In recent years, private foundations increasingly have sought to incorporate socially responsible investing (“SRI”) mandates. Some SRI mandates take the form of negative screens—e.g., screening out tobacco stocks. Other SRI approaches are more proactive—e.g., a foundation focusing on disease eradication might invest in companies that develop vaccines. However, there has been a view—accurate or not—that some socially responsible investments yield lower risk-adjusted financial returns than traditional investments (such investments are sometimes referred to as “concessionary”).
Accordingly, when a foundation engages in an SRI program, several legal issues arise.
Among the potential issues is IRC § 4944, which prohibits a foundation from making “jeopardizing investments.”
The penalty for making such an investment is an excise tax both on the foundation and on the managers participating in the investment decision.
A jeopardizing investment as an investment in which it is determined that the managers failed to exercise ordinary business care and prudence in providing for the foundation’s financial needs (Treas. Reg. § 53.4944-1(a)(2)(i)). The determination is made on an investment-by-investment basis, taking into account the foundation’s entire portfolio. High-risk investments may be closely scrutinized to determine whether managers have met the requisite standard of care.
Program-related investments (“PRIs”) specifically are excepted from the definition of jeopardizing investments. A PRI is an investment, the primary purpose of which is to accomplish the foundation’s charitable purposes, and no significant purpose of which is the production of income or appreciation of property. Accordingly, an investment will not run afoul of IRC § 4944 so long as its primary purpose is to accomplish the foundation’s charitable purposes and financial return is not a significant purpose.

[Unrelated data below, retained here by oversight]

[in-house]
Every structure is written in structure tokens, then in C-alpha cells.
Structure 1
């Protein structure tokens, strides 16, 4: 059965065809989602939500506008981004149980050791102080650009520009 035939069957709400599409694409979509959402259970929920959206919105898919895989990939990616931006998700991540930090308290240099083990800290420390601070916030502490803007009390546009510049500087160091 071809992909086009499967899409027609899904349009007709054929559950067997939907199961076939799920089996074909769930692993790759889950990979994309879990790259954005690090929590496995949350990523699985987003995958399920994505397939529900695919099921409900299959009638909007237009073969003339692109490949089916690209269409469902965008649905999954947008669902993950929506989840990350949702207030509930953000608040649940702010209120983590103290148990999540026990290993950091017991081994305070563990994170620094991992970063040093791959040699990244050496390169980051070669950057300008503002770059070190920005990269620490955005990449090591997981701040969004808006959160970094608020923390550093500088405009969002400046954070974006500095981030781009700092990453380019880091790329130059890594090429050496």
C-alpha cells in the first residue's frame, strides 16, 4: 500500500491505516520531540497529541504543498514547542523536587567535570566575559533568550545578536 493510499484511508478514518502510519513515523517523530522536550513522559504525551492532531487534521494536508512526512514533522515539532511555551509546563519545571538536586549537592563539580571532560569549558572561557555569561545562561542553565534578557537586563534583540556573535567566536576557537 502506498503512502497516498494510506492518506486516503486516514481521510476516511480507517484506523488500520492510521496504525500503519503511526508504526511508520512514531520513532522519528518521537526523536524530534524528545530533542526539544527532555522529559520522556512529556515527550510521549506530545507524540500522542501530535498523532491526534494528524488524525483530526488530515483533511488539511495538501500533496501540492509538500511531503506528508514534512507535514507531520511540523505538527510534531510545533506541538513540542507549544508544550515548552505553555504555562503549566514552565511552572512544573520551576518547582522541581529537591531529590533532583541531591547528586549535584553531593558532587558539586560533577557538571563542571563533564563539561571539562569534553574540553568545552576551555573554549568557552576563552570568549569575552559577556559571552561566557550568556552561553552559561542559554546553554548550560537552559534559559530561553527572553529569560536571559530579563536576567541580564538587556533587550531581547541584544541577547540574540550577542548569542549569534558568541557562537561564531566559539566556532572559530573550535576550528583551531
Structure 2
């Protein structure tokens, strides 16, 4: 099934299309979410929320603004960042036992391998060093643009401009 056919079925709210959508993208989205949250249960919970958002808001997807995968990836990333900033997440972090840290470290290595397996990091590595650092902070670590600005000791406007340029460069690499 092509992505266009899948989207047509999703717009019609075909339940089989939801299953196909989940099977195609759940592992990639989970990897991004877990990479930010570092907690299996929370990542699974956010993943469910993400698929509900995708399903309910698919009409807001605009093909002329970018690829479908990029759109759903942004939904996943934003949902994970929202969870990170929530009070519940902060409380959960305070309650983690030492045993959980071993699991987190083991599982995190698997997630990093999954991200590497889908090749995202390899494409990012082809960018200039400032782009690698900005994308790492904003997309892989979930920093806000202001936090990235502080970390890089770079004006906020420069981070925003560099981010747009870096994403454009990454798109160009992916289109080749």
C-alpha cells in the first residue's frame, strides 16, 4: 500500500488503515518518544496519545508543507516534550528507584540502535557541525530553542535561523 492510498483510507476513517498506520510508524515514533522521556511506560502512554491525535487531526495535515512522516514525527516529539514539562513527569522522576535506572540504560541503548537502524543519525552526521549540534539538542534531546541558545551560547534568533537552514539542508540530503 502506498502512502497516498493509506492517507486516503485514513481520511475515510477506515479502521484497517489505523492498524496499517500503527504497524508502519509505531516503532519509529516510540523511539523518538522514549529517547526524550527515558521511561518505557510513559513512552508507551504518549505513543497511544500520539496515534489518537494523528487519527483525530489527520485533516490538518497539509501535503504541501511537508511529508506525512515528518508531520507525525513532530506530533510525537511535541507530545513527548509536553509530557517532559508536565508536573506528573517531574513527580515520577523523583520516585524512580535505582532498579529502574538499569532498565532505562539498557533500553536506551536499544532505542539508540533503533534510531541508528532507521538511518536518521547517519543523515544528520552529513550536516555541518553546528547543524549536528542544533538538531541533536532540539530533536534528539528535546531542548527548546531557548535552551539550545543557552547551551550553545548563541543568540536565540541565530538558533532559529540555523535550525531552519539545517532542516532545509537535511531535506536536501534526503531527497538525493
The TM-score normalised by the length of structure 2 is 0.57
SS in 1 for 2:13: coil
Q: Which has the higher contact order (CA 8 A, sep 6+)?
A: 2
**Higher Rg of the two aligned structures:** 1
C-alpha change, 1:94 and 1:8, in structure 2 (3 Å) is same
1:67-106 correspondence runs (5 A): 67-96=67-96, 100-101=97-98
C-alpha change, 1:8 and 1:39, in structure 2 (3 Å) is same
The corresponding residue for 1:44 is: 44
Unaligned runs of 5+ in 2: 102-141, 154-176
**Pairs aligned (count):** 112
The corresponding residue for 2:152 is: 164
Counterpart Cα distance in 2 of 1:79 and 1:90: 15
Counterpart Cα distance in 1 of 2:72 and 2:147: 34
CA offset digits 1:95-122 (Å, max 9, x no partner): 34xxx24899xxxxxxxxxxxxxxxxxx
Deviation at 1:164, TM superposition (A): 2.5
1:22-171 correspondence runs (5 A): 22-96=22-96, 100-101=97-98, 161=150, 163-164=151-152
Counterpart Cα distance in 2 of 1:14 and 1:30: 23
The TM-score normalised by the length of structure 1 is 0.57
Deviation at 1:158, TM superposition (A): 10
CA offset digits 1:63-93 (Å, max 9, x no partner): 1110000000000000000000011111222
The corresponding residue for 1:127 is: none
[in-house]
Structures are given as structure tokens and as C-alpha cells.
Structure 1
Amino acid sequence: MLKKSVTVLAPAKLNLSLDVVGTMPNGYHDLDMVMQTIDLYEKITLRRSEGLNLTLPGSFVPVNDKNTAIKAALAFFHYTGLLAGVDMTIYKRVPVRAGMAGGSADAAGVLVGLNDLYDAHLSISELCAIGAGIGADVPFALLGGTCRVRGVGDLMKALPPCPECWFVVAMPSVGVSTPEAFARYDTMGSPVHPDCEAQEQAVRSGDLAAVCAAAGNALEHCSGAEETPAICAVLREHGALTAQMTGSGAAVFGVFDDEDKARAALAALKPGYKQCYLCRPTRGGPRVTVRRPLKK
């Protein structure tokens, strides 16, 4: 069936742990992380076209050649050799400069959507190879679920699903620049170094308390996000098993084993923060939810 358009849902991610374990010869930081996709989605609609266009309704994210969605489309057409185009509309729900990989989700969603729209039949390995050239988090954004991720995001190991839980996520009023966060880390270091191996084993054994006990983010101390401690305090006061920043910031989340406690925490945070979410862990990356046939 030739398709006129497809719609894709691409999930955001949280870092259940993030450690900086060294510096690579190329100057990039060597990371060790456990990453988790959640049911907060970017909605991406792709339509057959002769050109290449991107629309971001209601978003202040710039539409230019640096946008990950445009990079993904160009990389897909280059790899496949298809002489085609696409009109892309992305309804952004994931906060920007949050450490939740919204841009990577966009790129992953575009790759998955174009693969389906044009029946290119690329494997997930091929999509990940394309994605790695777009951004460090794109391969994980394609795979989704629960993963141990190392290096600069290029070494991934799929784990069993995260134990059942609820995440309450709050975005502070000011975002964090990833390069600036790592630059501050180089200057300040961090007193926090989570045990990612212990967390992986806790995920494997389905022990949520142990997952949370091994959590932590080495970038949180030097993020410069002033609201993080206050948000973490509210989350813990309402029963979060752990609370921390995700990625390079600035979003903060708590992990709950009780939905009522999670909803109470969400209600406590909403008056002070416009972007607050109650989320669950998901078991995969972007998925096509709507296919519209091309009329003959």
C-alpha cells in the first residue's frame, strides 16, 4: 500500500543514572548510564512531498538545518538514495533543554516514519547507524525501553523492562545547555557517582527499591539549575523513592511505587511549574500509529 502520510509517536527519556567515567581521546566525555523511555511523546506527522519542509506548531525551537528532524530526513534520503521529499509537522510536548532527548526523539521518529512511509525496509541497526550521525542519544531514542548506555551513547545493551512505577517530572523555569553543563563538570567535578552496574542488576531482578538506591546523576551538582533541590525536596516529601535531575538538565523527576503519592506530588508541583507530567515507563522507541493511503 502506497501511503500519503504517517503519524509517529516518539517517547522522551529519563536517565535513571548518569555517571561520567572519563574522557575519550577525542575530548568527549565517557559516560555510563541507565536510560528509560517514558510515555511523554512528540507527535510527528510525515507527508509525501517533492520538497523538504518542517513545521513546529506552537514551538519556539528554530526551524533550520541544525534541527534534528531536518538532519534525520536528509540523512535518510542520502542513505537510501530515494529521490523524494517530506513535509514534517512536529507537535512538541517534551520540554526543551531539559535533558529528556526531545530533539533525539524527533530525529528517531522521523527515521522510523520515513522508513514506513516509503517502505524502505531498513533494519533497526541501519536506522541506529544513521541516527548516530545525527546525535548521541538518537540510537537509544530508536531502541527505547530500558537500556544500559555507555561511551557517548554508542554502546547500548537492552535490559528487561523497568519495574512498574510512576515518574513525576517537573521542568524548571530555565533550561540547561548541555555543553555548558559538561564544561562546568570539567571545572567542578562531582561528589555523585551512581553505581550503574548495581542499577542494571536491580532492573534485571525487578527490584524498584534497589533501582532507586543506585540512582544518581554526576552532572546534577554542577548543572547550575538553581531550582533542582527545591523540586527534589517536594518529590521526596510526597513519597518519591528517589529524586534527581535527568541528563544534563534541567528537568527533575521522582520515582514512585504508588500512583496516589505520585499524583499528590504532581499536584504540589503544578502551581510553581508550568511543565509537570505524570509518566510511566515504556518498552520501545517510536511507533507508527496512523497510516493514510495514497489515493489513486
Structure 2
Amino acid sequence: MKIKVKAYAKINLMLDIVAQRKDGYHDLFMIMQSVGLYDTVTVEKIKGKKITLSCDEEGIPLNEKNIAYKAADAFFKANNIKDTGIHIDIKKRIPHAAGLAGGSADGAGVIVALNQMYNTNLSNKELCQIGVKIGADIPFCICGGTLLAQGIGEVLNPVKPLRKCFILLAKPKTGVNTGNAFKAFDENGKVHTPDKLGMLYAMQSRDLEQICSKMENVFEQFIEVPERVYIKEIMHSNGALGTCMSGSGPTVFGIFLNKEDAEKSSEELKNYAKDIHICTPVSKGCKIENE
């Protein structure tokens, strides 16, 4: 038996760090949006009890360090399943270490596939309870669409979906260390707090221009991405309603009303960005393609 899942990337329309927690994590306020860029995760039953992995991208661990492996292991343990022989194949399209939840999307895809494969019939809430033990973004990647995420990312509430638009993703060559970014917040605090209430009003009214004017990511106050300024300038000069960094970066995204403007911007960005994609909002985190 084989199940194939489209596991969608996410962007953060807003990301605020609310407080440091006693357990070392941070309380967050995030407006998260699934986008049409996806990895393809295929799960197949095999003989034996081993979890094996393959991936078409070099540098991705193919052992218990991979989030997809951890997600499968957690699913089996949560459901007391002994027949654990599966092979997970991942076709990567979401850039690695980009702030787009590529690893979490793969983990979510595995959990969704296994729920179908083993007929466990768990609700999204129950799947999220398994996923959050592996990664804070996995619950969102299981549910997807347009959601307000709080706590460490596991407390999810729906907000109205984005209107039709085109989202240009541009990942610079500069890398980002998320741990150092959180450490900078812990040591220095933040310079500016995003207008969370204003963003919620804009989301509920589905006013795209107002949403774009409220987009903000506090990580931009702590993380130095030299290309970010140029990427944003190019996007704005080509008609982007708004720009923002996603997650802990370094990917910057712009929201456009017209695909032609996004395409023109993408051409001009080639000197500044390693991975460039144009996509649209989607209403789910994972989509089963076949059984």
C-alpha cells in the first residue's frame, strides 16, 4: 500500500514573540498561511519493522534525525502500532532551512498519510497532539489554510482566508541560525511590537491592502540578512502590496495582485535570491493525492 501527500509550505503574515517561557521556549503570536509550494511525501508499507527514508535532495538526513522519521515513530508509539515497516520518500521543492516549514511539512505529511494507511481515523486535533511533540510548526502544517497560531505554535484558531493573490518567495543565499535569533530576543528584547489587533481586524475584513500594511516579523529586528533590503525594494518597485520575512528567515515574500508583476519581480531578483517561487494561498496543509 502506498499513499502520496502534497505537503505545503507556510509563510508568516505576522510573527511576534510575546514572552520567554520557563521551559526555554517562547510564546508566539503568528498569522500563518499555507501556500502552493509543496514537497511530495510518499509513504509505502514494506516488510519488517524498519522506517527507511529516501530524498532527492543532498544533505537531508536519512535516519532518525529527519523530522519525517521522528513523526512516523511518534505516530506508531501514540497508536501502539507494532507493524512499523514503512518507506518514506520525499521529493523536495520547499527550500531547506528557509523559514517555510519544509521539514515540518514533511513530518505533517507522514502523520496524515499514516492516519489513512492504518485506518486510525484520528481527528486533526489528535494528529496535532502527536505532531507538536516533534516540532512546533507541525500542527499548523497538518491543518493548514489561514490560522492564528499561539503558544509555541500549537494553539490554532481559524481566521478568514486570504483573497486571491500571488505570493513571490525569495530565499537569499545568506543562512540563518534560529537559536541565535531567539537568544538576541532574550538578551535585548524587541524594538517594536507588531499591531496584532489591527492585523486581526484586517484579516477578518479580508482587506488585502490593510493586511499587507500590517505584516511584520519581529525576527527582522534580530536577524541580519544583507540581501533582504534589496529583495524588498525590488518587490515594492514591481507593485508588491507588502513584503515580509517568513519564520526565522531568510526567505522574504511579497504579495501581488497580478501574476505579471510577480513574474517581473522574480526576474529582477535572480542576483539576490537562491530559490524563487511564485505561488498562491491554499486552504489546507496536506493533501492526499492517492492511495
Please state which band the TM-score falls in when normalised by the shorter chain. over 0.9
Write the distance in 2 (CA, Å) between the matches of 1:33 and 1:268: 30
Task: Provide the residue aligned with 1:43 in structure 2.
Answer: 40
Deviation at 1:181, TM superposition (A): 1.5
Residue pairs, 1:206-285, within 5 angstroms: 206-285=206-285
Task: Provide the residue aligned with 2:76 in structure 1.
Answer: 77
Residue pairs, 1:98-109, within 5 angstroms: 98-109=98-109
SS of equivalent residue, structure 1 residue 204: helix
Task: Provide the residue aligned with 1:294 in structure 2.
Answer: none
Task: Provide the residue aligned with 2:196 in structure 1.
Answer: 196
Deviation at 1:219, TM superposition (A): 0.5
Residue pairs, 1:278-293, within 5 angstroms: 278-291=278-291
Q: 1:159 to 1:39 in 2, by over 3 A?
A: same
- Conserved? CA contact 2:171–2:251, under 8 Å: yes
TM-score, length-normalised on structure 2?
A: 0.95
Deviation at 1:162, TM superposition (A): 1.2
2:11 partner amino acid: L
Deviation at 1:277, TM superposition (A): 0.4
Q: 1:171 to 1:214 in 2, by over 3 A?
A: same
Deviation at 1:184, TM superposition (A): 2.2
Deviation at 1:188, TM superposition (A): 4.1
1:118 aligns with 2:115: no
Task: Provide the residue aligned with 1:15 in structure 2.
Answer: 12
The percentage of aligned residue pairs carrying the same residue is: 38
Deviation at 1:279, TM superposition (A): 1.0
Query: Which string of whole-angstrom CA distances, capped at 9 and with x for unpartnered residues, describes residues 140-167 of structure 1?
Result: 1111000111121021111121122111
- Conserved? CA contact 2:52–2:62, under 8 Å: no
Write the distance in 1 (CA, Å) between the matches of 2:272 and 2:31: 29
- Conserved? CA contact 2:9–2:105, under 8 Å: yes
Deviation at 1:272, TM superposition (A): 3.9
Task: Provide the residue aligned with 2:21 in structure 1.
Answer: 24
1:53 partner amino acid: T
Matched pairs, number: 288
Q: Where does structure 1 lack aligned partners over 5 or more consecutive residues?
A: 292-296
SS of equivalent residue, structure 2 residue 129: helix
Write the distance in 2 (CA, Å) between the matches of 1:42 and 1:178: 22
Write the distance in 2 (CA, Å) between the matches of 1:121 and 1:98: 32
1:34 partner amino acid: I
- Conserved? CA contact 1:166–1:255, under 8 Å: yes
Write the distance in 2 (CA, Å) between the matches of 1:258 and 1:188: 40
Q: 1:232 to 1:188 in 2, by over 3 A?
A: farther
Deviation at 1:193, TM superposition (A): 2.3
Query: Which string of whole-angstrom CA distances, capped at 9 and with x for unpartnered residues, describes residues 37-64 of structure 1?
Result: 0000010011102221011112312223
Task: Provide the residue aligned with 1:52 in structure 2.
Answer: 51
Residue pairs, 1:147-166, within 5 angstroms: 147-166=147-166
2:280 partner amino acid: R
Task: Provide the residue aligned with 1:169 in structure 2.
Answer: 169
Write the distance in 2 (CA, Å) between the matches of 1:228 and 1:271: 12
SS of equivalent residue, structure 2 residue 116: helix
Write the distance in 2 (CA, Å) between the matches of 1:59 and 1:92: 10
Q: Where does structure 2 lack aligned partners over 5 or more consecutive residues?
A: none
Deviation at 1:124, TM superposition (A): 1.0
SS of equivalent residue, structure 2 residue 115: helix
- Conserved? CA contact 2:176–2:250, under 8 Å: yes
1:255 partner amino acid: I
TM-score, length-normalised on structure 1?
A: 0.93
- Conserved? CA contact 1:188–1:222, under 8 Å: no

But what of an investment which seeks both to further the foundation’s charitable purposes and generate a financial return? What if the expected return is concessionary?
IRS Notice 2015-62, released on September 16, 2015, addresses these questions. The Notice concluded that, so long as ordinary care and prudence are exercised, a foundation and its managers will not be subject to tax under IRC § 4944 if the managers make a concessionary investment that furthers the foundation’s charitable purposes. The Notice explains that foundation managers are not required to select only investments that offer the highest rates of return, the lowest risks, or the greatest liquidity, so long as ordinary care and prudence are exercised.